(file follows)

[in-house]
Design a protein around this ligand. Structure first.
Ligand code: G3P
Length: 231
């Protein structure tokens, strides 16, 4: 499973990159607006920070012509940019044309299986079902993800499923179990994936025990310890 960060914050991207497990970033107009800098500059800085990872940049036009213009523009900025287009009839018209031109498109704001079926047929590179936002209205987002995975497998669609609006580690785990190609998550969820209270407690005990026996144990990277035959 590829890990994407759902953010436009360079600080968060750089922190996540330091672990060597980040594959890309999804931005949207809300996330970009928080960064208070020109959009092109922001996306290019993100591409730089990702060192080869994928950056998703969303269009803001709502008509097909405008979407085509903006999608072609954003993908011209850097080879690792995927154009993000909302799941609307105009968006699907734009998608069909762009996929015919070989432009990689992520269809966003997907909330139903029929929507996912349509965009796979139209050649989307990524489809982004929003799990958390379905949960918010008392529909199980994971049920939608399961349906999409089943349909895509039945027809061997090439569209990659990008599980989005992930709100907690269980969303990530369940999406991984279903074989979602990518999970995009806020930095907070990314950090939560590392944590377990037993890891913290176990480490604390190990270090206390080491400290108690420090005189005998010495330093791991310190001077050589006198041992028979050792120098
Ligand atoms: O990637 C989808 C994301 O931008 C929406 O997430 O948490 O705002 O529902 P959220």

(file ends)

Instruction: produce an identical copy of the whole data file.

[in-house]
Design a protein around this ligand. Structure first.
Ligand code: G3P
Length: 231
């Protein structure tokens, strides 16, 4: 499973990159607006920070012509940019044309299986079902993800499923179990994936025990310890 960060914050991207497990970033107009800098500059800085990872940049036009213009523009900025287009009839018209031109498109704001079926047929590179936002209205987002995975497998669609609006580690785990190609998550969820209270407690005990026996144990990277035959 590829890990994407759902953010436009360079600080968060750089922190996540330091672990060597980040594959890309999804931005949207809300996330970009928080960064208070020109959009092109922001996306290019993100591409730089990702060192080869994928950056998703969303269009803001709502008509097909405008979407085509903006999608072609954003993908011209850097080879690792995927154009993000909302799941609307105009968006699907734009998608069909762009996929015919070989432009990689992520269809966003997907909330139903029929929507996912349509965009796979139209050649989307990524489809982004929003799990958390379905949960918010008392529909199980994971049920939608399961349906999409089943349909895509039945027809061997090439569209990659990008599980989005992930709100907690269980969303990530369940999406991984279903074989979602990518999970995009806020930095907070990314950090939560590392944590377990037993890891913290176990480490604390190990270090206390080491400290108690420090005189005998010495330093791991310190001077050589006198041992028979050792120098
Ligand atoms: O990637 C989808 C994301 O931008 C929406 O997430 O948490 O705002 O529902 P959220």